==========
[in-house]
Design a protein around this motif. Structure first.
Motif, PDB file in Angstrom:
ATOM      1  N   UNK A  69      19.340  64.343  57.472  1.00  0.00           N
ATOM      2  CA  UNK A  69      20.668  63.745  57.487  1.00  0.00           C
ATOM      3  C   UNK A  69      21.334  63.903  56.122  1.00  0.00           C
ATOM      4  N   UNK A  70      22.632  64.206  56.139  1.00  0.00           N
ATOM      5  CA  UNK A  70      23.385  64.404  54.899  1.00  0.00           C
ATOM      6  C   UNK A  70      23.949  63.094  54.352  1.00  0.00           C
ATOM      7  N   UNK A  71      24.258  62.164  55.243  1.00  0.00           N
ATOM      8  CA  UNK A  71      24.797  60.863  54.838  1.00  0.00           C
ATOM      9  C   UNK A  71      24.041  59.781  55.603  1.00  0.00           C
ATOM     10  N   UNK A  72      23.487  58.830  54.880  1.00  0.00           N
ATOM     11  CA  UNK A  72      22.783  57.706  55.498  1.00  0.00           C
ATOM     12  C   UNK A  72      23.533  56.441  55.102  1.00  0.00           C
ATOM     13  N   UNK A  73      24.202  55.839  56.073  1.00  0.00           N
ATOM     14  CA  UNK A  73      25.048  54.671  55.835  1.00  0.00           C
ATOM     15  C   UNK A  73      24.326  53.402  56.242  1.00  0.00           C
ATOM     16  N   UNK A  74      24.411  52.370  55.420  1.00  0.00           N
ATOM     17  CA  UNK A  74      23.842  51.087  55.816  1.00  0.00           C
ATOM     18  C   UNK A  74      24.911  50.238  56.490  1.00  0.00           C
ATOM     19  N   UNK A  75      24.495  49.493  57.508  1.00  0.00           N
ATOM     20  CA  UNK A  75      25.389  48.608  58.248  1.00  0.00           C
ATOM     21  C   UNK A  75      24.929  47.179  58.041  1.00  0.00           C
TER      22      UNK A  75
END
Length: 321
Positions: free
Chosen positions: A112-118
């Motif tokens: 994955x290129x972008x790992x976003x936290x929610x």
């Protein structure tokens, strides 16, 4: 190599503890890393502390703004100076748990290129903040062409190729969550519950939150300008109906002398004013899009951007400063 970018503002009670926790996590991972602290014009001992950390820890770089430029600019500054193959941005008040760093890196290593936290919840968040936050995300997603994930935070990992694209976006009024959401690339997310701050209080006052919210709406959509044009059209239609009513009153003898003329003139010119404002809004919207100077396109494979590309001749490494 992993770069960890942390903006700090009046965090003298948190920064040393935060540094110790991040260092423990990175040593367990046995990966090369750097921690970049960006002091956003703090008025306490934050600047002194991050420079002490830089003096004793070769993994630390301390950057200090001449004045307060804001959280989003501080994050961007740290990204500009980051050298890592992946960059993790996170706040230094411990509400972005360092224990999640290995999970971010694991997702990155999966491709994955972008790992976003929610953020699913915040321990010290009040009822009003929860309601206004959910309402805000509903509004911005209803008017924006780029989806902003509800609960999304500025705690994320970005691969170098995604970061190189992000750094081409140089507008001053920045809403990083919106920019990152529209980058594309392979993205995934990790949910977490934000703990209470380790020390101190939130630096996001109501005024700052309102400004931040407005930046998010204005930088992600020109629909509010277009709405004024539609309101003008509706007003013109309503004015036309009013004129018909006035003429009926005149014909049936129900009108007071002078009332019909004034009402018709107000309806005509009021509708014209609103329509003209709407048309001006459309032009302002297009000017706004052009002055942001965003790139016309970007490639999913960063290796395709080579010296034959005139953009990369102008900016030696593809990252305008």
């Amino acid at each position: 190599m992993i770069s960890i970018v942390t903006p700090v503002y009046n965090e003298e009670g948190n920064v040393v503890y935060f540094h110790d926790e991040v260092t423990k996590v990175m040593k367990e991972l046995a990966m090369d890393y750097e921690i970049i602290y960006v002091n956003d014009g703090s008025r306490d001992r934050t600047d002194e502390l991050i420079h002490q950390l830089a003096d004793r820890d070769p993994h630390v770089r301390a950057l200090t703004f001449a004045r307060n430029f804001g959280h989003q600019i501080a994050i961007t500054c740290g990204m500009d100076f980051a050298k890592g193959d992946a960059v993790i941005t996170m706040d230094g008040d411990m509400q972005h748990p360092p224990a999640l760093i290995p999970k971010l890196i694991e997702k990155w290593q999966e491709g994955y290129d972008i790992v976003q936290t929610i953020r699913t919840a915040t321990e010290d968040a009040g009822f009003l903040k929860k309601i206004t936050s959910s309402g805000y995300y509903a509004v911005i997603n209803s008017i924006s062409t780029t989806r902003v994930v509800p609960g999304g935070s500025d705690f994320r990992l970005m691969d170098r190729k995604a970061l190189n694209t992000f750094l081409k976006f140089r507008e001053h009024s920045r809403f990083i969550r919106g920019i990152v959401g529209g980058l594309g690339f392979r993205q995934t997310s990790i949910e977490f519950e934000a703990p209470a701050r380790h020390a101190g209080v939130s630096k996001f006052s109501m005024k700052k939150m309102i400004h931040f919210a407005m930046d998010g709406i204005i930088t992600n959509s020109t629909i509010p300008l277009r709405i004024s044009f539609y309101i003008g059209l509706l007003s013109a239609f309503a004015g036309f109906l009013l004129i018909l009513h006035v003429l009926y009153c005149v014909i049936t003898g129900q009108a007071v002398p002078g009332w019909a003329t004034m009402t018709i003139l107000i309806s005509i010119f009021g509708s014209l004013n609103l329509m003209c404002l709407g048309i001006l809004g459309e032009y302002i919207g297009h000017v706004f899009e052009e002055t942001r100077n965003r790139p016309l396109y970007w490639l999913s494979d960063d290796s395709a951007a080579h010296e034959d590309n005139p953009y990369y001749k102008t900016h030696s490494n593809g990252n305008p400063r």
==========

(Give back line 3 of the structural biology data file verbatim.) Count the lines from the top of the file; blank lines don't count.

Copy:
Motif, PDB file in Angstrom: